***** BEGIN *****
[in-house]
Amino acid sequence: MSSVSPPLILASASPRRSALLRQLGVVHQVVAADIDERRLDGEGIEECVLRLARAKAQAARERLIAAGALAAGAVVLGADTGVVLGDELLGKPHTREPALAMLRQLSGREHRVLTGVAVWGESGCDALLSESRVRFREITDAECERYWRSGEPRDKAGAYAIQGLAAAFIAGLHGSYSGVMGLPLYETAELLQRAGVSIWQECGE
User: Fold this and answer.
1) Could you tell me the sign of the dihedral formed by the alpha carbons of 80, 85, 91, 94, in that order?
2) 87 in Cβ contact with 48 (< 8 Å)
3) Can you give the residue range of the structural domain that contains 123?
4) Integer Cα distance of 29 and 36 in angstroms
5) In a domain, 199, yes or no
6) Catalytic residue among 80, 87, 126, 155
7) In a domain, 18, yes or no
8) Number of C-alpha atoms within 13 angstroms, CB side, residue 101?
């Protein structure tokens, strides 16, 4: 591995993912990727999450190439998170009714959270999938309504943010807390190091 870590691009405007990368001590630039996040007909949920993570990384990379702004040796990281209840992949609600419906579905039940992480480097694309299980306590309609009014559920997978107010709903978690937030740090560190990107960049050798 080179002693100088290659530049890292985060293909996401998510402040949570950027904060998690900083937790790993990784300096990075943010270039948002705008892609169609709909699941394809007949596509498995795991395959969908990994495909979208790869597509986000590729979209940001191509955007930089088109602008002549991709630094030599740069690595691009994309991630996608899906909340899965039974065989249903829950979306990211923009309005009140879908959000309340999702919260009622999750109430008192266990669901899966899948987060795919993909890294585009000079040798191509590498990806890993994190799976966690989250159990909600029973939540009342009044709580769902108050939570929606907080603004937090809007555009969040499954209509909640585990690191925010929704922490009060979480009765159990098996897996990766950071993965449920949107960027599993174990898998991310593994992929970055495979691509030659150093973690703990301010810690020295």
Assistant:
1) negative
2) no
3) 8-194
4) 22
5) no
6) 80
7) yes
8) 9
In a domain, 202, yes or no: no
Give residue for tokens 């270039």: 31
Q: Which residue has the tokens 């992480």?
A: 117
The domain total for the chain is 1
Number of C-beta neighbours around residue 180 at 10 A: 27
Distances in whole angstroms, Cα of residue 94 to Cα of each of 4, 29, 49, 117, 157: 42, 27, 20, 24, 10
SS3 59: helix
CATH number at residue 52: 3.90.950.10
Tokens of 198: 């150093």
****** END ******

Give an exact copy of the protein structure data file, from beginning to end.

[in-house]
Amino acid sequence: MSSVSPPLILASASPRRSALLRQLGVVHQVVAADIDERRLDGEGIEECVLRLARAKAQAARERLIAAGALAAGAVVLGADTGVVLGDELLGKPHTREPALAMLRQLSGREHRVLTGVAVWGESGCDALLSESRVRFREITDAECERYWRSGEPRDKAGAYAIQGLAAAFIAGLHGSYSGVMGLPLYETAELLQRAGVSIWQECGE
User: Fold this and answer.
1) Could you tell me the sign of the dihedral formed by the alpha carbons of 80, 85, 91, 94, in that order?
2) 87 in Cβ contact with 48 (< 8 Å)
3) Can you give the residue range of the structural domain that contains 123?
4) Integer Cα distance of 29 and 36 in angstroms
5) In a domain, 199, yes or no
6) Catalytic residue among 80, 87, 126, 155
7) In a domain, 18, yes or no
8) Number of C-alpha atoms within 13 angstroms, CB side, residue 101?
């Protein structure tokens, strides 16, 4: 591995993912990727999450190439998170009714959270999938309504943010807390190091 870590691009405007990368001590630039996040007909949920993570990384990379702004040796990281209840992949609600419906579905039940992480480097694309299980306590309609009014559920997978107010709903978690937030740090560190990107960049050798 080179002693100088290659530049890292985060293909996401998510402040949570950027904060998690900083937790790993990784300096990075943010270039948002705008892609169609709909699941394809007949596509498995795991395959969908990994495909979208790869597509986000590729979209940001191509955007930089088109602008002549991709630094030599740069690595691009994309991630996608899906909340899965039974065989249903829950979306990211923009309005009140879908959000309340999702919260009622999750109430008192266990669901899966899948987060795919993909890294585009000079040798191509590498990806890993994190799976966690989250159990909600029973939540009342009044709580769902108050939570929606907080603004937090809007555009969040499954209509909640585990690191925010929704922490009060979480009765159990098996897996990766950071993965449920949107960027599993174990898998991310593994992929970055495979691509030659150093973690703990301010810690020295």
Assistant:
1) negative
2) no
3) 8-194
4) 22
5) no
6) 80
7) yes
8) 9
In a domain, 202, yes or no: no
Give residue for tokens 């270039």: 31
Q: Which residue has the tokens 């992480």?
A: 117
The domain total for the chain is 1
Number of C-beta neighbours around residue 180 at 10 A: 27
Distances in whole angstroms, Cα of residue 94 to Cα of each of 4, 29, 49, 117, 157: 42, 27, 20, 24, 10
SS3 59: helix
CATH number at residue 52: 3.90.950.10
Tokens of 198: 């150093």